Love & Wisdom

Fitness and Friendship

Couch potato finds camaraderie in running clubs

By Megan Pavek August 16, 2023

Join inclusive running clubs

This article originally appeared in the July/August 2023 issue of Seattle magazine.

I never thought I would be the type of person to join a running club. Picture a subpar physique lacking in muscle and mental fortitude, throw in an admittedly too-long stint of smoking cigarettes, and add an aversion to hills as the cherry on top.

However, when I moved to Seattle, I quickly learned it might be difficult to meet new people through my usual activity of choice, lounging. Fueled by the excitement of experiencing the Emerald City, I left my previous Minneapolis neighborhood in a whirlwind. Deep down, I was cognizant of the holes being ripped into my once expansive social circle, but the prospect of escaping winter was all too exhilarating.

Friends warned me about the rainfall, high cost of living, and especially the infamous “Seattle Freeze.” It was easier to romanticize the weather and the $17 cocktails, but the lore surrounding the locals’ distaste for new friendships was puzzling, if not frightening.

Navigating this new landscape seemed to require a type of skill that I did not possess, in a post-pandemic world swirling with the ghosts of past relationships and social norms. For many newly-minted transplants, working remotely stands tall as another obstacle. Still, I chose to keep my head up and remain blissfully ignorant of the odds being increasingly stacked against me.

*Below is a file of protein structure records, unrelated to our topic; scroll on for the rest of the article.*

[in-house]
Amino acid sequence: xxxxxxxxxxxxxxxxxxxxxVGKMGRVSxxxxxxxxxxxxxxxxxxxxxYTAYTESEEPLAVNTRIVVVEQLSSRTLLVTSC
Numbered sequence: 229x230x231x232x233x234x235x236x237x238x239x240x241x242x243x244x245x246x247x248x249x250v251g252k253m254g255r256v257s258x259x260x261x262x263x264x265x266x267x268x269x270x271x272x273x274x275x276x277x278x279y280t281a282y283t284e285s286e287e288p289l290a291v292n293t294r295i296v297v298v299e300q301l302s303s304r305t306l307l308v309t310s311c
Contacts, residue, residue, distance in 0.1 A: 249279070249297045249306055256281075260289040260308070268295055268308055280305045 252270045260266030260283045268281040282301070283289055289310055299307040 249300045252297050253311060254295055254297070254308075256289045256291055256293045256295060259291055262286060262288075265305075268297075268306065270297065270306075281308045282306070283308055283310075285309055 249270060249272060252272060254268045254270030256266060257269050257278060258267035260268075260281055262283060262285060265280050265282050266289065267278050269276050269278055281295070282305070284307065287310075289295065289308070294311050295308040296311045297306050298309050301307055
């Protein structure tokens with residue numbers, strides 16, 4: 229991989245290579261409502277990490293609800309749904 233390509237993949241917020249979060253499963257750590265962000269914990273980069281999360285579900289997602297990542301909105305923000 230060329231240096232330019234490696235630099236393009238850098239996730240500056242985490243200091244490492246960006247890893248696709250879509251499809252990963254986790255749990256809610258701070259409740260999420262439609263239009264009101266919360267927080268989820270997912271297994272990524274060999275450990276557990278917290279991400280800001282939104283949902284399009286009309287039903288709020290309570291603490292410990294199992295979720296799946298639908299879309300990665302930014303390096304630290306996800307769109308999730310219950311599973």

The Making Friends in Seattle Facebook page seemed like an underwhelming, slightly scary corner of the internet that should be avoided at all costs. Setting up a meeting with a complete stranger felt like I was asking to be catfished or lured into a weird form of a first date. Instead, I opted to download the Meetup App and stumbled across the Frelard Run Club. 

At the forefront of this group was the cheeky slogan #EarnYourBeer, which computed into my brain as “rationalize running three miles by drinking a beer afterward. Sounds great!” Besides, the club would serve as a way to spend more time outside and fend off the impending doom of seasonal depression. I would be equally remiss for not sharing that most of my motivation stemmed from using the club as an excuse to explore the Ballard Brewery District.